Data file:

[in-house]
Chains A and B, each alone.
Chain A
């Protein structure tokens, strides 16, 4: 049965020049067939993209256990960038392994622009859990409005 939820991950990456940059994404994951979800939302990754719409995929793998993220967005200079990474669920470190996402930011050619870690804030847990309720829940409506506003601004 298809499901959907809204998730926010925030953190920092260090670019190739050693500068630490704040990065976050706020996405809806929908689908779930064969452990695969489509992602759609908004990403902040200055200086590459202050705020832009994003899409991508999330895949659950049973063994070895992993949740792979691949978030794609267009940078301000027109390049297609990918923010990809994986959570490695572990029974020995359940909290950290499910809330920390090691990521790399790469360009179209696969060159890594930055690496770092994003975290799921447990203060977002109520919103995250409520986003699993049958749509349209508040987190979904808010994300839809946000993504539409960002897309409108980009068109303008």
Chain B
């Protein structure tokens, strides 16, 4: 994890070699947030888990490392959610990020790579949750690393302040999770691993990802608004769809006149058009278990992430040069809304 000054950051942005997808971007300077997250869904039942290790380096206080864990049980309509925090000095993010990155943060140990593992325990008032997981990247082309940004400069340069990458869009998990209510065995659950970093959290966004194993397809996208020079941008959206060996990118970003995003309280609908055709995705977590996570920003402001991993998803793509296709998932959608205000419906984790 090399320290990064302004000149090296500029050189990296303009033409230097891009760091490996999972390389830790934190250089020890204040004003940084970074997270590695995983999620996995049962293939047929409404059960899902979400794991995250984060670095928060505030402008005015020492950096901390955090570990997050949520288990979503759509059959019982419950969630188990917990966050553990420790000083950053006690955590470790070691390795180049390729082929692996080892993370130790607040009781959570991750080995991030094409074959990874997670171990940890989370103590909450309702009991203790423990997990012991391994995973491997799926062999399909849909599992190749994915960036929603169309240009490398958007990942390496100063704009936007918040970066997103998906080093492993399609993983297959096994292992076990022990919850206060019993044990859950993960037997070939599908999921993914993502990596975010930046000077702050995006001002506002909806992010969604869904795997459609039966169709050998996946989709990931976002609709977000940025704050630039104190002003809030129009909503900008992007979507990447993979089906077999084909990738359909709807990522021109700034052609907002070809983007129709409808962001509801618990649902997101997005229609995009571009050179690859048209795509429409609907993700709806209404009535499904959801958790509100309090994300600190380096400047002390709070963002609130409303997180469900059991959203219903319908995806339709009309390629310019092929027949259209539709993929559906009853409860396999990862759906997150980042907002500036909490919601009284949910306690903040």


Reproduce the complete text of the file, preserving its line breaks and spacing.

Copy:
[in-house]
Chains A and B, each alone.
Chain A
């Protein structure tokens, strides 16, 4: 049965020049067939993209256990960038392994622009859990409005 939820991950990456940059994404994951979800939302990754719409995929793998993220967005200079990474669920470190996402930011050619870690804030847990309720829940409506506003601004 298809499901959907809204998730926010925030953190920092260090670019190739050693500068630490704040990065976050706020996405809806929908689908779930064969452990695969489509992602759609908004990403902040200055200086590459202050705020832009994003899409991508999330895949659950049973063994070895992993949740792979691949978030794609267009940078301000027109390049297609990918923010990809994986959570490695572990029974020995359940909290950290499910809330920390090691990521790399790469360009179209696969060159890594930055690496770092994003975290799921447990203060977002109520919103995250409520986003699993049958749509349209508040987190979904808010994300839809946000993504539409960002897309409108980009068109303008």
Chain B
């Protein structure tokens, strides 16, 4: 994890070699947030888990490392959610990020790579949750690393302040999770691993990802608004769809006149058009278990992430040069809304 000054950051942005997808971007300077997250869904039942290790380096206080864990049980309509925090000095993010990155943060140990593992325990008032997981990247082309940004400069340069990458869009998990209510065995659950970093959290966004194993397809996208020079941008959206060996990118970003995003309280609908055709995705977590996570920003402001991993998803793509296709998932959608205000419906984790 090399320290990064302004000149090296500029050189990296303009033409230097891009760091490996999972390389830790934190250089020890204040004003940084970074997270590695995983999620996995049962293939047929409404059960899902979400794991995250984060670095928060505030402008005015020492950096901390955090570990997050949520288990979503759509059959019982419950969630188990917990966050553990420790000083950053006690955590470790070691390795180049390729082929692996080892993370130790607040009781959570991750080995991030094409074959990874997670171990940890989370103590909450309702009991203790423990997990012991391994995973491997799926062999399909849909599992190749994915960036929603169309240009490398958007990942390496100063704009936007918040970066997103998906080093492993399609993983297959096994292992076990022990919850206060019993044990859950993960037997070939599908999921993914993502990596975010930046000077702050995006001002506002909806992010969604869904795997459609039966169709050998996946989709990931976002609709977000940025704050630039104190002003809030129009909503900008992007979507990447993979089906077999084909990738359909709807990522021109700034052609907002070809983007129709409808962001509801618990649902997101997005229609995009571009050179690859048209795509429409609907993700709806209404009535499904959801958790509100309090994300600190380096400047002390709070963002609130409303997180469900059991959203219903319908995806339709009309390629310019092929027949259209539709993929559906009853409860396999990862759906997150980042907002500036909490919601009284949910306690903040």